Genetic and environmental risks for high blood pressure among african american mothers and daughters

Jacquelyn Y. Taylor, Rosanna Maddox, Wu Chun Yi

Research output: Contribution to journalArticle

Abstract

Objective: To determine the relationship between genetic and environmental lifestyle factors (physical activity and sodium) on blood pressure (BP) among African-American women. Method: In this cross-sectional study involving 108 African-American mothers and daughters from a Midwestern area, investigators obtained BP measurements, information on minutes of physical activity, amount of sodium intake, and buccal swab saliva samples. Results: Of the 4 single nucleotide polymorphisms (SNPs) on the sodium bicarbonate cotransporter gene (SLC4A5), rs8179526 had a statistically significant interaction with cytosine/thymine (C/T) genotype by sodium status on systolic BP (SBP; p =.0077). For gene - physical activity interaction, 2 significant interactions (cytosine/adenine [C/A] genotype by physical activity and adenine/adenine [A/A] genotype by physical activity, p =.0107 and p =.0171, respectively) on SBP and 1 on diastolic BP (DBP; A/A genotype by physical activity, p =.0233) were found on rs1017783. Two significant guanine/adenine [G/A] genotype by physical activity interactions were found on rs6731545 for SBP and DBP (p =.0160 and p =.0492, respectively). Discussion: A gene - environmental interaction with rs8179526 has a protective effect on SBP in African-American women with high sodium intake. Participants with C/T genotype of rs8179526 who consumed greater than 2,300 mg of sodium had lower SBP than those who consumed less than recommended. Women with thymine/thymine (T/T) genotype of rs8179526 who consumed greater than 2,300 mg had lower SBP than those who consumed less. Awareness of both the protective and deleterious properties of rs8179526 in African-American women may one day assist in determining appropriate treatment plans.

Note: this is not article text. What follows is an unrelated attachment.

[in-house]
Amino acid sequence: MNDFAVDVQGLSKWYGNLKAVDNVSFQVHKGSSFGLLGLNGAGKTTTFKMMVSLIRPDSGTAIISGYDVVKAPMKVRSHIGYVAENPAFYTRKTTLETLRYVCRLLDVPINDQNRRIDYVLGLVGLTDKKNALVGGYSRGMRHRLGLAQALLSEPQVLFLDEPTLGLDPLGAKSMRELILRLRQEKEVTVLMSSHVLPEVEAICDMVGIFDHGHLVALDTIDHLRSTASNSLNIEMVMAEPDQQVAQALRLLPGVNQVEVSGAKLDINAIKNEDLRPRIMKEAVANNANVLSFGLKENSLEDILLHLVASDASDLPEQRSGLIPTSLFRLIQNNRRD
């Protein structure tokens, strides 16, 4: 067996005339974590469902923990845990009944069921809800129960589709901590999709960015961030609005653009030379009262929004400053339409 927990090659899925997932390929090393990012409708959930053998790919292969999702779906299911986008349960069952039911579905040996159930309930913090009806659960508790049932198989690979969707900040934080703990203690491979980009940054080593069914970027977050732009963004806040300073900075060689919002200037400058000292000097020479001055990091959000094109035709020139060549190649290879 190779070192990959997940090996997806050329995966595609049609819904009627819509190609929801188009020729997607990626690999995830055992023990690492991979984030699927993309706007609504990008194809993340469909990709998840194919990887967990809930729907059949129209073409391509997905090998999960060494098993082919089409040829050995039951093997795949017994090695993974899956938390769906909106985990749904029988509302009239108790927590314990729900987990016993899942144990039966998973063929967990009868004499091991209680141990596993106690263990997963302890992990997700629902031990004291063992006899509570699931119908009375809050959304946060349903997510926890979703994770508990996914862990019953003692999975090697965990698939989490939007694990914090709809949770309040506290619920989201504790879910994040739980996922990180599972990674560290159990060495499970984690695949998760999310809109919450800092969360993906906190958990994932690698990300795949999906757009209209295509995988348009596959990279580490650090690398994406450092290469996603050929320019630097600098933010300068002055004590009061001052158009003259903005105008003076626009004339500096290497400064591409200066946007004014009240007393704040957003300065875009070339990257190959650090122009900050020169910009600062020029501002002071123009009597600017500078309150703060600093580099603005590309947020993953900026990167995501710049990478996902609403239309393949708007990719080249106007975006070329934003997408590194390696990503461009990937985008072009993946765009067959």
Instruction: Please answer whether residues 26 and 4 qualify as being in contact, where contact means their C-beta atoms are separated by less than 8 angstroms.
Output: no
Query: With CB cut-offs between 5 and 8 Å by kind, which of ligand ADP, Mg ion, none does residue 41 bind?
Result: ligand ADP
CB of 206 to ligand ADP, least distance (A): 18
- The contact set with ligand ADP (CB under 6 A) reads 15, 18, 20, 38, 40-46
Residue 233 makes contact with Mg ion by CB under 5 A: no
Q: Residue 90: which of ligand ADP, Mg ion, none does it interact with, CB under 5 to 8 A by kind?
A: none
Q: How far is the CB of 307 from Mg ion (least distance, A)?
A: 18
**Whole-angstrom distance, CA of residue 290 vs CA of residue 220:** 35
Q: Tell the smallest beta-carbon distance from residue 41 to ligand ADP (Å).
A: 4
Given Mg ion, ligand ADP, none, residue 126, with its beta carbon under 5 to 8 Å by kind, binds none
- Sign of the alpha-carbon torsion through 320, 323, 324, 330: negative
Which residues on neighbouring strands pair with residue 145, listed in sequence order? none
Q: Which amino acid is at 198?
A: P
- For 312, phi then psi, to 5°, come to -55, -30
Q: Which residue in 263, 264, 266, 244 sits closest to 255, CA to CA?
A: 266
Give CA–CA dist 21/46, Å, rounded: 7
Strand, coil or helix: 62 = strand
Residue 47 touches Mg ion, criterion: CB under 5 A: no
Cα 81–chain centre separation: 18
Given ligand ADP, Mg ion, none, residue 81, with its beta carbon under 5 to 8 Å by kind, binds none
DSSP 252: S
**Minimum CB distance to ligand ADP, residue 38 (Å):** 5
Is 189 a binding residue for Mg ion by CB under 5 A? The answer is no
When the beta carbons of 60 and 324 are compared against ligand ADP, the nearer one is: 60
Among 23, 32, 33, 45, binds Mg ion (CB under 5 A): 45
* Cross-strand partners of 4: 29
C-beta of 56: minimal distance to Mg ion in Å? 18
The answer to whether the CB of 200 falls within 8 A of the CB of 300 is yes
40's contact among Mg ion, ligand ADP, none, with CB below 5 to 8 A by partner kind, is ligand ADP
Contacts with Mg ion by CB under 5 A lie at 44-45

Original languageEnglish (US)
Pages (from-to)53-65
Number of pages13
JournalBiological Research for Nursing
Volume11
Issue number1
DOIs
StatePublished - Jul 2009

Keywords

  • African-American women
  • Gene-environment
  • High BP

ASJC Scopus subject areas

  • Research and Theory

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